May 17, 2018
May 17, 2018 -Canon Medical Systems Corporation (Otawara, Tochigi Prefecture, Japan) at the 2018 Ceremony of National Commendation for Invention, hosted by Japan Institute of Invention and Innovation, received the Minister of Education, Culture, Sports, Science and Technology Award and the Invention Achievement Award. These awards were given in recognition of Canon Medical’s proprietary technology of Differential Tissue Harmonic Imaging (D-THI). This function is based on "utilizing differential harmonics from two fundamental frequency components and their second harmonic in diagnostic ultrasound apparatus" (Japan Patent Office, No. 4557573).
Diagnostic ultrasound systems are used to visualize images in real time by applying a transducer to the body surface, emitting ultrasound signals, and receiving the echoes returning from tissues. Since ultrasound is relatively noninvasive, it is used in a broad range of clinical applications such as the examination of abdominal and superficial organs and examination of the cardiovascular system including the blood vessels. Furthermore, it is widely used in disciplines such as obstetrics & gynecology, and orthopedics. As advances in ultrasound continue, further clinical applications are anticipated.
This technology dramatically improves upon the basic performance of diagnostic ultrasound using a technique which enables tissues in deeper regions to be visualized in high-resolution. This not only allows early detection of lesions, but also by enabling high-resolution visualization of muscles, tendons, and the digestive tract (including the stomach and intestines) facilitates the physician to make diagnostic decisions with greater confidence. With our corporate philosophy “Made for life” at the heart of everything we do, Canon Medical will continue to advance technologies that enhance clinical practice, improve patient outcomes and contribute to human life.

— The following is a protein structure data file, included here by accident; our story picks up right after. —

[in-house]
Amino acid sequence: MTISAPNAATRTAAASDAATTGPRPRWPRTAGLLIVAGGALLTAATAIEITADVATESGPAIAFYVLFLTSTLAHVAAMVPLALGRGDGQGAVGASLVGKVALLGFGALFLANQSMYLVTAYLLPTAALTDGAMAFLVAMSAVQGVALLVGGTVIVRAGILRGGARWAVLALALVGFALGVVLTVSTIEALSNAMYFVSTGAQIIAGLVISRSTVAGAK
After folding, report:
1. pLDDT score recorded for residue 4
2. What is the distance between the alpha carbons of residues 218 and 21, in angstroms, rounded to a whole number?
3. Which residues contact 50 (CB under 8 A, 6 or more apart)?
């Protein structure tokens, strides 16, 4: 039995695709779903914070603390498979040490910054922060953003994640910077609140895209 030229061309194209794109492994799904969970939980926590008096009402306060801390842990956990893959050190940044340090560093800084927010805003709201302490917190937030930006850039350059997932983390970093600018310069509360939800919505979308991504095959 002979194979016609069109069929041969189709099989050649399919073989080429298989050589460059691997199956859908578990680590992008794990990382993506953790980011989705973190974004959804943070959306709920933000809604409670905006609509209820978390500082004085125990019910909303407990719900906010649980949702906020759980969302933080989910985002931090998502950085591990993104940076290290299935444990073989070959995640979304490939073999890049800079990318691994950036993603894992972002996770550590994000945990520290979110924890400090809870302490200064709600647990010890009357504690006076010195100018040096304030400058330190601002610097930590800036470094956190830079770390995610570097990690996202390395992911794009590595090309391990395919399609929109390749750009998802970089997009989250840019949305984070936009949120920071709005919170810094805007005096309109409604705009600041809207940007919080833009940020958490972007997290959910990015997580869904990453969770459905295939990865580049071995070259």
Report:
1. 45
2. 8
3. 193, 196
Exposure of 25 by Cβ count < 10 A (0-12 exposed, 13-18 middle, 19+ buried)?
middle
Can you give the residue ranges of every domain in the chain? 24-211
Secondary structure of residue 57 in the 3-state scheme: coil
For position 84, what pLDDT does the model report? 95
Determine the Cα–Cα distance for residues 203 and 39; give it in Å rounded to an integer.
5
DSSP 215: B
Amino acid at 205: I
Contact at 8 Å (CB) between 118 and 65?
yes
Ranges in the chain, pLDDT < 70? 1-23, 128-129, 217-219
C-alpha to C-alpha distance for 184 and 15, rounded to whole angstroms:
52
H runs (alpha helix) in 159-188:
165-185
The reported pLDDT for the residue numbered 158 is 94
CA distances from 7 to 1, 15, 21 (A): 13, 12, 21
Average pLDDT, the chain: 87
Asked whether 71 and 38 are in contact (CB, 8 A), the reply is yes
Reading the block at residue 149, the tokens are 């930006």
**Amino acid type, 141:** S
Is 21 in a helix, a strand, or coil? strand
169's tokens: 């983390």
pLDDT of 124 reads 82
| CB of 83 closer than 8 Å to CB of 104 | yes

1. Awards and Award Winners
|Award of the Minister of Education, Culture, Sports, Science and Technology||Tetsuya Kawagishi, Ultrasound Systems Division, Canon Medical Systems Corporation|
|Tomohisa Imamura, Ultrasound Systems Division, Canon Medical Systems Corporation|
|Naohisa Kamiyama, Ultrasound Systems Division, Canon Medical Systems Corporation|
|Invention achievement award||Toshio Takiguchi, President and Chief Executive Officer, Canon Medical Systems Corporation|
2. Differential Tissue Harmonic Imaging Technology
Background：The digestive tract, muscles, and tendons are conventionally examined by palpation, however there was a need for a more objective diagnosis. In conventional diagnostic ultrasound systems, body tissues are visualized as ultrasound propagates through the body and second harmonics generated by these tissues are detected. However, since second harmonics are high-frequency and the frequency bands are narrow, tissues in deep regions (further from the body surface) were difficult to visualize, and the resolution of such images was low.
New technology：A fundamental pulse is transmitted with different frequency components. The differential harmonic generated by tissues when the fundamental pulse propagates through the body effectively interferes with the second harmonic by controlling the phases of transmitted fundamental pulses (Figure 1). As a result of this interference, the ultrasound frequency band for imaging has a lower frequency component compared to conventional second harmonic imaging, allowing tissues in deep regions to be visualized and improving image resolution (Figure 2).
Figure 1 The principle of the technology
Figure 2 Ultrasound images acquired using conventional technology (prior art) and D-THI (invention)
3. National Commendation for Invention
The National Commendation for Invention was established in 1919 (under the name "Imperial Commendation for Invention"). The purpose of this award is to encourage and promote invention in order to improve scientific technology and boost developing industries in Japan. The award honors individuals for outstanding invention, promotion of product realization, or contributing to invention through instruction, encouragement, or training.